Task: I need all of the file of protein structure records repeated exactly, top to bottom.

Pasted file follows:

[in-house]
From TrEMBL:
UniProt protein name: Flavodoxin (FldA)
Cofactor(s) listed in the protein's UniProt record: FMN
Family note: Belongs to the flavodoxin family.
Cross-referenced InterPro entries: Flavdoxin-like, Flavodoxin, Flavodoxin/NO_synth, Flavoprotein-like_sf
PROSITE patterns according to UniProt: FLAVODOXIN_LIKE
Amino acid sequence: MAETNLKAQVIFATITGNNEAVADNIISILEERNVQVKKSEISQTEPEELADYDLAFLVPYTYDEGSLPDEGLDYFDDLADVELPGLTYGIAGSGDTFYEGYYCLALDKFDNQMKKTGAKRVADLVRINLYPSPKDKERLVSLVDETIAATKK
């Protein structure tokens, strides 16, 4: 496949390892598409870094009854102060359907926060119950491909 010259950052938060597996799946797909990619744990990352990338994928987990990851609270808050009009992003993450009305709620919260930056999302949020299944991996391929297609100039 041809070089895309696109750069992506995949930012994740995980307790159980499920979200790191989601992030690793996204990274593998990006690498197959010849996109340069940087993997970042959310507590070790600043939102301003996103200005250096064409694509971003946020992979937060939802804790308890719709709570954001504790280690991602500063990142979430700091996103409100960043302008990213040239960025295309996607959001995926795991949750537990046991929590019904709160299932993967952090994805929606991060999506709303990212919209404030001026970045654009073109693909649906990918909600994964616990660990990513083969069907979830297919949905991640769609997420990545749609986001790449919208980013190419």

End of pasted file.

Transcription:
[in-house]
From TrEMBL:
UniProt protein name: Flavodoxin (FldA)
Cofactor(s) listed in the protein's UniProt record: FMN
Family note: Belongs to the flavodoxin family.
Cross-referenced InterPro entries: Flavdoxin-like, Flavodoxin, Flavodoxin/NO_synth, Flavoprotein-like_sf
PROSITE patterns according to UniProt: FLAVODOXIN_LIKE
Amino acid sequence: MAETNLKAQVIFATITGNNEAVADNIISILEERNVQVKKSEISQTEPEELADYDLAFLVPYTYDEGSLPDEGLDYFDDLADVELPGLTYGIAGSGDTFYEGYYCLALDKFDNQMKKTGAKRVADLVRINLYPSPKDKERLVSLVDETIAATKK
């Protein structure tokens, strides 16, 4: 496949390892598409870094009854102060359907926060119950491909 010259950052938060597996799946797909990619744990990352990338994928987990990851609270808050009009992003993450009305709620919260930056999302949020299944991996391929297609100039 041809070089895309696109750069992506995949930012994740995980307790159980499920979200790191989601992030690793996204990274593998990006690498197959010849996109340069940087993997970042959310507590070790600043939102301003996103200005250096064409694509971003946020992979937060939802804790308890719709709570954001504790280690991602500063990142979430700091996103409100960043302008990213040239960025295309996607959001995926795991949750537990046991929590019904709160299932993967952090994805929606991060999506709303990212919209404030001026970045654009073109693909649906990918909600994964616990660990990513083969069907979830297919949905991640769609997420990545749609986001790449919208980013190419």